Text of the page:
Serving the communities in Los Angeles covering the Los Angeles County Second Supervisorial District, the Empowerment Congress is here to empower and engage all members of our diverse communities to ensure our collective voice is heard by:
- Encouraging and enlisting the full participation of our community to improve our quality of life;
- Educating and informing our community on how government works;
- Developing strategies that shape policy and legislation; and
- Connecting our community with public resources
Founded in 1992 by then Los Angeles City Councilman Mark Ridley-Thomas, the Empowerment Congress, a distinctive and deliberate national model of civic engagement built on the core principles of participatory democracy, reciprocal accountability, and intentional civility, is a dynamic partnership among neighborhood groups, residents, nonprofit organizations, businesses, religious institutions, and community leaders within the diverse communities of Los Angeles County’s Second Supervisorial District. The Empowerment Congress served as a model and precursor to the City of Los Angeles’ Neighborhood Councils. It is now serving over 2.0 Million residents in the Los Angeles County Second Supervisorial District.
The Empowerment Congress is an ongoing effort in participatory government, founded on the principle that elected officials are most effective when the constituents they serve are actively involved in the decision-making process. After nearly 25 years since inception, the Empowerment Congress has now expanded its programs and mission of civic engagement and community empowerment to the broader Los Angeles County Second District, which includes nine cities (Los Angeles, Carson, Compton, Culver City, Gardena, Hawthorne, Inglewood, Lawndale, and Lynwood) and many neighborhoods of unincorporated areas: Athens, Baldwin Hills, Del Aire, East Compton, El Camino Village, Firestone, Florence, Graham, Ladera Heights, Lennox, Marina del Rey, Rancho Dominguez, View Park, West Carson, West Compton, West Rancho Dominguez, Westmont, Willowbrook, Windsor Hills, and Wiseburn.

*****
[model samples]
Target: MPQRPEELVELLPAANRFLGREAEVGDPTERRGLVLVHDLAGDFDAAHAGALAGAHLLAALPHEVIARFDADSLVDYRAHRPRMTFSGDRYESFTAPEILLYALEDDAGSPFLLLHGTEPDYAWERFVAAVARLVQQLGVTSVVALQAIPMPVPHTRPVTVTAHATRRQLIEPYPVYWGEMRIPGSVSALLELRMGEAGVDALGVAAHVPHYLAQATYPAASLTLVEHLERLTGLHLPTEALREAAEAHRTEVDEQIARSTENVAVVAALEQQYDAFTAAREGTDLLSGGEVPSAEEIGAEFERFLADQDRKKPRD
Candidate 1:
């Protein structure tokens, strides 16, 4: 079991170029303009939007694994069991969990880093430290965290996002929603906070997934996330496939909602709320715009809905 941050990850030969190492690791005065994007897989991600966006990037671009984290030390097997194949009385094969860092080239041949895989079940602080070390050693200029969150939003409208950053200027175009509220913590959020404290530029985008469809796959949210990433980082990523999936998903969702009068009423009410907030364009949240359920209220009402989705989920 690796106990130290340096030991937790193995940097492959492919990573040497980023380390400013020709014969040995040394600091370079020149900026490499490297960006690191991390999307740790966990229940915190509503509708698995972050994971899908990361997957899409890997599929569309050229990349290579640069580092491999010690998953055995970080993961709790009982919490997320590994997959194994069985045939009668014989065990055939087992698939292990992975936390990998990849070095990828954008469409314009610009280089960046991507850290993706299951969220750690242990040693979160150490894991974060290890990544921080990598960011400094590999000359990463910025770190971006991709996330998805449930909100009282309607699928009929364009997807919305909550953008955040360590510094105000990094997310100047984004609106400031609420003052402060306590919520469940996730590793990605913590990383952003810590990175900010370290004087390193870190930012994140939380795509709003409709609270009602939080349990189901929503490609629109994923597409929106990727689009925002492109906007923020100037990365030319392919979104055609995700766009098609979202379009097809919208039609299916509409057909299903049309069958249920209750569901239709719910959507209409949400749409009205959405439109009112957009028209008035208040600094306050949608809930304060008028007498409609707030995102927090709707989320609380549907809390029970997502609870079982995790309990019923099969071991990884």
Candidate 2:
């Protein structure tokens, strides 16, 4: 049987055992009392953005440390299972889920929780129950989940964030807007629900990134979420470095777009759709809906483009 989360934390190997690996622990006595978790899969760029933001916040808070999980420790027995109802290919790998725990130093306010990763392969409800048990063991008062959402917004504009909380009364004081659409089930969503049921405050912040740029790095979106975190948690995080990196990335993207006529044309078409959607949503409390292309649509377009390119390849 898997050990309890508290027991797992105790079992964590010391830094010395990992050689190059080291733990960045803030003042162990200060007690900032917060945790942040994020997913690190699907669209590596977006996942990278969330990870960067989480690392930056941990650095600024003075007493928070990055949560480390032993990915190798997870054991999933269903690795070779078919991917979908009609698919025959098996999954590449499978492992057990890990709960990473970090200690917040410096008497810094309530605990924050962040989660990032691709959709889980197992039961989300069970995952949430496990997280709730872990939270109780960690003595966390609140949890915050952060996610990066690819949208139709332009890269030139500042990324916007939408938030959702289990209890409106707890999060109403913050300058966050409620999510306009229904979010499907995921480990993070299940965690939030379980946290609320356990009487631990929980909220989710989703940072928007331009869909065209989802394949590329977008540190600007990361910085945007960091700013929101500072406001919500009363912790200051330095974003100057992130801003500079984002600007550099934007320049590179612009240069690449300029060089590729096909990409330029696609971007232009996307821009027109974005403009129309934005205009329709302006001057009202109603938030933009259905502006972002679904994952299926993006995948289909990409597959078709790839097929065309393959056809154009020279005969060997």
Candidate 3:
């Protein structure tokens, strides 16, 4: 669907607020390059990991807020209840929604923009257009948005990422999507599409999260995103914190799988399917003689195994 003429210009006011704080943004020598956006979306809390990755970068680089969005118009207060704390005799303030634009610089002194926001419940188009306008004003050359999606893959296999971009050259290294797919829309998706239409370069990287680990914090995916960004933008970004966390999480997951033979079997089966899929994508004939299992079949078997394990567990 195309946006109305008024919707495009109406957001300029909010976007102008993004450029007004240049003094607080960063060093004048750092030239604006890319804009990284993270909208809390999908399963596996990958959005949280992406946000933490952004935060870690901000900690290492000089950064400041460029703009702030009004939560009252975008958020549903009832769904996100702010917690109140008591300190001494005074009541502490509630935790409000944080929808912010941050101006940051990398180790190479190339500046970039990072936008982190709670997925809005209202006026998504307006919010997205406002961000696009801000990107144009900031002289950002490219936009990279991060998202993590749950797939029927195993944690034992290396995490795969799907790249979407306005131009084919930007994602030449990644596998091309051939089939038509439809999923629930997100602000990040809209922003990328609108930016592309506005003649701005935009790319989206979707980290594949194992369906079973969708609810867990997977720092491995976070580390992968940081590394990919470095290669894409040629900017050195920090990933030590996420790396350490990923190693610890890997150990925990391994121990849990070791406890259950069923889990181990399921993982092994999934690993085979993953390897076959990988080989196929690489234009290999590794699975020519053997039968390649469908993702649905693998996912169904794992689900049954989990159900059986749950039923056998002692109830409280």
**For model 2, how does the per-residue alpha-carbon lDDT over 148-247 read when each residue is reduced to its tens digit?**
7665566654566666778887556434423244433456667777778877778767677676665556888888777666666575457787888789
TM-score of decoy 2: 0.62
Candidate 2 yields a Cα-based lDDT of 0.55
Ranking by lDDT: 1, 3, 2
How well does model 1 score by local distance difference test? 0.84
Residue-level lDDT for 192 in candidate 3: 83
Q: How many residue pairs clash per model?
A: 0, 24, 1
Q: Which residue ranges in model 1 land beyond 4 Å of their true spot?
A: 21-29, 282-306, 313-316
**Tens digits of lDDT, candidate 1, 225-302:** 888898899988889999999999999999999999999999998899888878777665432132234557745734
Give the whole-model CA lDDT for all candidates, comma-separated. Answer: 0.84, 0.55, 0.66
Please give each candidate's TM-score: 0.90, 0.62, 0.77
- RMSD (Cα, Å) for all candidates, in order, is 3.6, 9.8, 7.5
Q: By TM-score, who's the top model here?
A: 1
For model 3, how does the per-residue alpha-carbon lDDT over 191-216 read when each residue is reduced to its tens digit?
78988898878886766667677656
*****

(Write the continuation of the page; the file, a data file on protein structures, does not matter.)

The Empowerment Congress is organized with an Executive Committee, which serves as its governing body; a Leadership Council comprised of key stakeholders and community leaders; and nine standing committees that focus on prominent community issues that align with various policy areas.